My Three Words

3 minute read

I’m currently doing some work for Miura, a digital design agency based in London. A month ago the creative director came up with a silly but fun idea: “how about a page where different people can come in and type in 3 words a time, building up a short story?”. I told him I could probably knock up a prototype within an hour though I didn’t think he’d want me to actually do it!

So I wrote a cheap and nasty PHP script which stored the input in a local CSV file. Once the page loaded it would fetch the existing story data via AJAX (using jQuery) and the user would submit new data using a simple form at the bottom. We had a quick play around with this in the office and it was quite amusing. Because the AJAX fetch would run only once every 5 seconds you’d often finish inputting your 3 words to continue the story only to find that someone else had already beaten you to the punch. So the story ended up not making much sense but I think this actually made it funnier, especially given how quickly everything disintegrated into a discussion about pooh and other lowbrow stuff (tells you a lot about us, doesn’t it?).

After this successful “pre-alpha” in the office we decided to build it properly and make it public - Here’s how it works. The active story is always at the top. You can enter 3 words at a time, no more no less. And you can’t have URLs or HTML tags in your words. If you end your last word with a ?, . or ! then you complete the active story and it gets shifted below. A new story is begun with the first 3 words auto-generated by the system.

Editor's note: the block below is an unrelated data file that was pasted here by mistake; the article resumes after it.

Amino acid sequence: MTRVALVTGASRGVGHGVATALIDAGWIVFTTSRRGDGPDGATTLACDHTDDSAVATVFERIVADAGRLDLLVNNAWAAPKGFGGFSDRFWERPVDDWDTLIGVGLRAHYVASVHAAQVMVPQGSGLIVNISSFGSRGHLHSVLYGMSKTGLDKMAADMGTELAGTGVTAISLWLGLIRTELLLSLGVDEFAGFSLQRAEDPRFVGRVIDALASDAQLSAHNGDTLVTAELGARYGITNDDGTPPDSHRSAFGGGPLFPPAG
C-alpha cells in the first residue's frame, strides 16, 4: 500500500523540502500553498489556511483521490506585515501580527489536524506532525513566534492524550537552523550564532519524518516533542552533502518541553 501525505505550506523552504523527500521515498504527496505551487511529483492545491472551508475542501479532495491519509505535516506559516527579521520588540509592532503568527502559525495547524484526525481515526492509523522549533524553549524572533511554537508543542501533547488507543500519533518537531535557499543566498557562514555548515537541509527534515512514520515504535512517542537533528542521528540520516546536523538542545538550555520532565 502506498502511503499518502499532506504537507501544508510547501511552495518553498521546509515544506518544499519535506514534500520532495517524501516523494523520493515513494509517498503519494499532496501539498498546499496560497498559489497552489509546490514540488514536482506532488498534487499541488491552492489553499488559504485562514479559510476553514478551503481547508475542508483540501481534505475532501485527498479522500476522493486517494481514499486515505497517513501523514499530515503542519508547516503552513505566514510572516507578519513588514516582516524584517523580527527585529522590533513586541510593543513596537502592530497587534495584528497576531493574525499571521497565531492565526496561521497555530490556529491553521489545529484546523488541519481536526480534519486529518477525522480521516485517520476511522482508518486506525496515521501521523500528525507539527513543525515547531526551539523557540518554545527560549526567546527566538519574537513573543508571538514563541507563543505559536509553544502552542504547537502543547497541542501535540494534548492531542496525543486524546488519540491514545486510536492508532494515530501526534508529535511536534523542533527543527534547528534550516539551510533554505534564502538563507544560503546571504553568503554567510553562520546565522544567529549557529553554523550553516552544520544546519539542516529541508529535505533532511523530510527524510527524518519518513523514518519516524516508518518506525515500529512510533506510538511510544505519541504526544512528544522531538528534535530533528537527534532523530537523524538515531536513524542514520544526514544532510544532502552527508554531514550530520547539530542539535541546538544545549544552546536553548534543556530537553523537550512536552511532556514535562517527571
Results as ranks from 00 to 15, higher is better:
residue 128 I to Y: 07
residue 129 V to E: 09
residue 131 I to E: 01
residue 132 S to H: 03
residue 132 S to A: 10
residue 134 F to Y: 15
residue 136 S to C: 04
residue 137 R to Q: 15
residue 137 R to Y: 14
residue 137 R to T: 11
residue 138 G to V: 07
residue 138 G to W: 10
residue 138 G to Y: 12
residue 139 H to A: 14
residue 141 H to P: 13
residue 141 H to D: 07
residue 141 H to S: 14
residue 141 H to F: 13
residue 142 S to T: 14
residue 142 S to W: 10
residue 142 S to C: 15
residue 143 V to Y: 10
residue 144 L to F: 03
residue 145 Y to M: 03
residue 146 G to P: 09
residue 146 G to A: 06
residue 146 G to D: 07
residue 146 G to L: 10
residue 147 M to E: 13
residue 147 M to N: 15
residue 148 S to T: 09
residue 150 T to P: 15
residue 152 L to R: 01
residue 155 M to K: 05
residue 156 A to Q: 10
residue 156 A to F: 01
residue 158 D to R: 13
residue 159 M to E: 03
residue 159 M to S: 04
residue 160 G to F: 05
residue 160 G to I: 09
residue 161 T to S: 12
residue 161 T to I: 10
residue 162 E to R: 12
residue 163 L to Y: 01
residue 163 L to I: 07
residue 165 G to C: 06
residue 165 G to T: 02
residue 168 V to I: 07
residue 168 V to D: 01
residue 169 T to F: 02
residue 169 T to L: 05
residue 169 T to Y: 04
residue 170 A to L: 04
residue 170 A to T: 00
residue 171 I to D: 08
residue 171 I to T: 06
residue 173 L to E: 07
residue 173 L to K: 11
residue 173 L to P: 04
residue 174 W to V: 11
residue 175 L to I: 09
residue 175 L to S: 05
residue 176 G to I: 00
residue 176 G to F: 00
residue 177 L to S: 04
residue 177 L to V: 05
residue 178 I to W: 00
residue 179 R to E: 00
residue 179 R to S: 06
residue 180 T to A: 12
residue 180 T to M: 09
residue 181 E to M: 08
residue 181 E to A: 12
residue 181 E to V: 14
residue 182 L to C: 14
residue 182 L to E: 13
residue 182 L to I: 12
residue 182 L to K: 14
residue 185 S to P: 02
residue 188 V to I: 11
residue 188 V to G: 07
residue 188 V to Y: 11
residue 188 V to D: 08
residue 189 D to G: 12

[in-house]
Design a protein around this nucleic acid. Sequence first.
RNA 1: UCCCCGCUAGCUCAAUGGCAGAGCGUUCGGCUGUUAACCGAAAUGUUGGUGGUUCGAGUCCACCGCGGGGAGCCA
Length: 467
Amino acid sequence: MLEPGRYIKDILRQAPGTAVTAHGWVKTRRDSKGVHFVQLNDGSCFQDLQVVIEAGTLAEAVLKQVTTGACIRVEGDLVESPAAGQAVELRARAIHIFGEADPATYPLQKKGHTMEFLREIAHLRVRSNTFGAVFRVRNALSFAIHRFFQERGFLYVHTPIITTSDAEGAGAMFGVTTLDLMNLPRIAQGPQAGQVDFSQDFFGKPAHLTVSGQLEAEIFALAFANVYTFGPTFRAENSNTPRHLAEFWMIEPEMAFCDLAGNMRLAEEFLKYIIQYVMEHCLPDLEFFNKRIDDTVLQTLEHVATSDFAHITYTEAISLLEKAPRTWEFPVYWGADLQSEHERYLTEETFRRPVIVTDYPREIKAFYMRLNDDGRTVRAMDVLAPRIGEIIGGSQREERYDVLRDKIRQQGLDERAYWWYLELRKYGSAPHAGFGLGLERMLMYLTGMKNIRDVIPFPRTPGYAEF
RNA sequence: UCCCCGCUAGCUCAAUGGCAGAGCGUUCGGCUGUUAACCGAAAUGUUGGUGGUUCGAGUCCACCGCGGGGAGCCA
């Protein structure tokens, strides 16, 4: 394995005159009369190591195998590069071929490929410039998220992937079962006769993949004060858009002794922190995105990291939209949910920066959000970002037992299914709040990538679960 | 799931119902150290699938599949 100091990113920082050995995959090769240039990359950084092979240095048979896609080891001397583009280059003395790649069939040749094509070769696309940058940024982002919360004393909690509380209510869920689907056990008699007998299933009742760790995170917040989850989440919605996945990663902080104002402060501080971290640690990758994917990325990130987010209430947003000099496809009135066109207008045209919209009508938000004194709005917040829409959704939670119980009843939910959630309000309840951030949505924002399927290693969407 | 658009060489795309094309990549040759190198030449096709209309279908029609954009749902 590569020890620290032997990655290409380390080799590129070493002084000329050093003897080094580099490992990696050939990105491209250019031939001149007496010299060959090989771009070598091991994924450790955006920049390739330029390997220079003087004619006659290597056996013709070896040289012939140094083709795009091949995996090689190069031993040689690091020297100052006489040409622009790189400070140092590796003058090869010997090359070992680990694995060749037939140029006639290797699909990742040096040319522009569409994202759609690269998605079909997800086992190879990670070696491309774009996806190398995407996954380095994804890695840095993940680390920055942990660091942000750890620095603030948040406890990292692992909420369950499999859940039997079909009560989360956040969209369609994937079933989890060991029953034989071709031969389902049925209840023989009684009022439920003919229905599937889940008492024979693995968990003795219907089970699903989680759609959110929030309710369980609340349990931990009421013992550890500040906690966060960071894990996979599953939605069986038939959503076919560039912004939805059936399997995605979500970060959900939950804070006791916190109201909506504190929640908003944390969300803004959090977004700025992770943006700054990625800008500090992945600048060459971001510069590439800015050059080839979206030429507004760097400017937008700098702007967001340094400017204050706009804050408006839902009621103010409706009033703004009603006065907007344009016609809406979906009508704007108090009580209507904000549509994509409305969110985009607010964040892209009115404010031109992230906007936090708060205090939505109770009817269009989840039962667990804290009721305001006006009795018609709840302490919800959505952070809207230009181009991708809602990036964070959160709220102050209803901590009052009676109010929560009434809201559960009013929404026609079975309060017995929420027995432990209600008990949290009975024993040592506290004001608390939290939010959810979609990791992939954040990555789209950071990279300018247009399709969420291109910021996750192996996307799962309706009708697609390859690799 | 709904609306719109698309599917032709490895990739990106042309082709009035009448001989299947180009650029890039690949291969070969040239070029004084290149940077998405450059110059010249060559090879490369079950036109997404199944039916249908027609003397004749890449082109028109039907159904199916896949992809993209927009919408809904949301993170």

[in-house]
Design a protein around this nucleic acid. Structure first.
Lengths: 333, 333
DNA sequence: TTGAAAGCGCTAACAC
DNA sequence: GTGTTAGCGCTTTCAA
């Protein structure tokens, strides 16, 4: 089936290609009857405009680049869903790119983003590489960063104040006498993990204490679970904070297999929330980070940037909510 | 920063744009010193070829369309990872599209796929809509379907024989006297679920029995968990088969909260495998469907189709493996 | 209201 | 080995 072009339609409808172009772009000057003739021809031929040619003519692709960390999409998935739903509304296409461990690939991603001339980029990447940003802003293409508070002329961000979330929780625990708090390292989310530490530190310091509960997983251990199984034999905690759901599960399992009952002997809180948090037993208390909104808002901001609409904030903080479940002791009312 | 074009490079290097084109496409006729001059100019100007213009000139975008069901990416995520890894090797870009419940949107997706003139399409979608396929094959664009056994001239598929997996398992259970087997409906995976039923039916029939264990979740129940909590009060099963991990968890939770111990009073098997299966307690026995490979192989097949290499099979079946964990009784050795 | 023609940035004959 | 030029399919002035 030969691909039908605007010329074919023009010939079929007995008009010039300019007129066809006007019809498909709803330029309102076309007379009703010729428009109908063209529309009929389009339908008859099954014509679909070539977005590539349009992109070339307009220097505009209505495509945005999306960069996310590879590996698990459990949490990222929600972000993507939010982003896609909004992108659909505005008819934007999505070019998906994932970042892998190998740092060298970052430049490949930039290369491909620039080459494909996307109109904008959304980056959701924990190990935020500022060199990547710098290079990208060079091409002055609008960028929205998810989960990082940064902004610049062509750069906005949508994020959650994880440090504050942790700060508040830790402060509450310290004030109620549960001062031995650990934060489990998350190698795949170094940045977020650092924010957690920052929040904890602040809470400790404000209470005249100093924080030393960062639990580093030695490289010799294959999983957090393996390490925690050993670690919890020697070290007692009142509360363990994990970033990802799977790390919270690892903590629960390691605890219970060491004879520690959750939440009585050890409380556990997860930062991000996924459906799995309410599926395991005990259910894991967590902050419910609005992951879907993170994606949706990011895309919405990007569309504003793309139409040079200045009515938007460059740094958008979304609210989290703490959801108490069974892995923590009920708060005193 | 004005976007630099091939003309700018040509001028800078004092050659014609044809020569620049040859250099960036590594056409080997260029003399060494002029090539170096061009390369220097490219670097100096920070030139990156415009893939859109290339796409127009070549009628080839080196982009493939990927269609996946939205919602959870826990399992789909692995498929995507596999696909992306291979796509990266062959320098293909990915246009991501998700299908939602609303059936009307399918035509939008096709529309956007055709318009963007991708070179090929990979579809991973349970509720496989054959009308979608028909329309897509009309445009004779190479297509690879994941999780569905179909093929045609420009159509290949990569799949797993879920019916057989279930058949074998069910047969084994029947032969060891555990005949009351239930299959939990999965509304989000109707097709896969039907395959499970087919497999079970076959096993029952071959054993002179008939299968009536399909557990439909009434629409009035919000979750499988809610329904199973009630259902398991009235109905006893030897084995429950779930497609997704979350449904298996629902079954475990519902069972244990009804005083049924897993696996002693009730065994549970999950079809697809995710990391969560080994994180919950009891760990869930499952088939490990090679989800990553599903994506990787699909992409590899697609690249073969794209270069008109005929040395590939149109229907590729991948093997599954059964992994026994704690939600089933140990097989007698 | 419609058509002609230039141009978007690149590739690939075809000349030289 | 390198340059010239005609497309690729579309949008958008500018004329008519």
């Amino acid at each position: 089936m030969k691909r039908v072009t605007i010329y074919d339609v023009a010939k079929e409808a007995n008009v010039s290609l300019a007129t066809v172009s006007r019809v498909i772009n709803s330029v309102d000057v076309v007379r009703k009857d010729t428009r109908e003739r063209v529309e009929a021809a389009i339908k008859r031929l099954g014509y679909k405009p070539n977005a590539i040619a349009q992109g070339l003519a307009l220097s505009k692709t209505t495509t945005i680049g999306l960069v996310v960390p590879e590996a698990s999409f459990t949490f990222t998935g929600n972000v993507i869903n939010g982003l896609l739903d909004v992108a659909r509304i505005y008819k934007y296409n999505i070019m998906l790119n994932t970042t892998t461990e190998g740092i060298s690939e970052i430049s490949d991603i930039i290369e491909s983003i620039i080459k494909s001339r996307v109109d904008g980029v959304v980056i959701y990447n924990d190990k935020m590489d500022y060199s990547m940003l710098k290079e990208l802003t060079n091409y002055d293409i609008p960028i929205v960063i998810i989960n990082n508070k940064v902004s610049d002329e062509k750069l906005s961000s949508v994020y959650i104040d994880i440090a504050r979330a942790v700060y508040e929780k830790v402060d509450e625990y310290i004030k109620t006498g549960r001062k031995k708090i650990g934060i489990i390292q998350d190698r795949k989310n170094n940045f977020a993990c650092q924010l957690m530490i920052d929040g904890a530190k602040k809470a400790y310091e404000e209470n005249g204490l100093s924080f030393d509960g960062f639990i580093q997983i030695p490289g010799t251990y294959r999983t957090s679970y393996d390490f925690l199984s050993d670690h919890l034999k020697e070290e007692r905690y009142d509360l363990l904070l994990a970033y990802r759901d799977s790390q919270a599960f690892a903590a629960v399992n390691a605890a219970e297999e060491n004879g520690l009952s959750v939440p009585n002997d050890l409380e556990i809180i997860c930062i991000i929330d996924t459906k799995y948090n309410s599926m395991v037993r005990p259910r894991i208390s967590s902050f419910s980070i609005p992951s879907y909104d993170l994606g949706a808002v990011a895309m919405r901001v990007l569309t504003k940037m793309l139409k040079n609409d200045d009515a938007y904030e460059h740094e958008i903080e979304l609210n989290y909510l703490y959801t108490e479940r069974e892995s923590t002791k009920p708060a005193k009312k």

Overview of MyThreeWords

Completed stories have a button next to them which allows you to tweet them through your Twitter account (if you have one). Since tweets have a 140-character limit we truncate the story if necessary and insert a link back to the full version of the story using a short alias domain (

Tweeting a MyThreeWords story

For the public release I rewrote the original codebase using Kohana 3 for the framework and MySQL for storing the data. I investigated AJAX Comet techniques and settled on using long-polling to simulate data push from the server to the client. This means is that as soon as someone else adds their three words all the other clients are almost immediately updated.

To further increase performance the system does not write anything to the database until the active story has been completed. Until that point everything is stored in a memcached instance running on the same machine. Once the active story is completed by a user it gets marked as such and a new active story gets created and cached. A cron script running every 60 seconds then processes all completed stories by inserting them into the database (and subsequently removing them from memcached).

I also had a go at providing notification when other users are typing. How it works: when the page loads it generates a unique id. When the user starts entering words into the input field an AJAX call is made to the server which this unique id. The server then stores all such submitted unique ids together in a an array in memcached. Changes to this array are pushed to all clients (using the Comet technique mentioned above) who then indicate how many users are currently typing:

See when others are typing

Only upto 5 unique ids are stored on the server so that the array search complexity never exceeds O(5) (clients show this as 4 typing). The array data is automatically cleared after 5 seconds of no change to avoid stale data. And clients don’t inform the server that they’re typing more frequently than once every 5 seconds.

If you want to understand the internal workings of the site better use Firebug (or your preferred tool) to eavesdrop on the AJAX calls.

So that’s the sum total of the site for now. Implementing it was a lot of fun. I hope you enjoy it too :)

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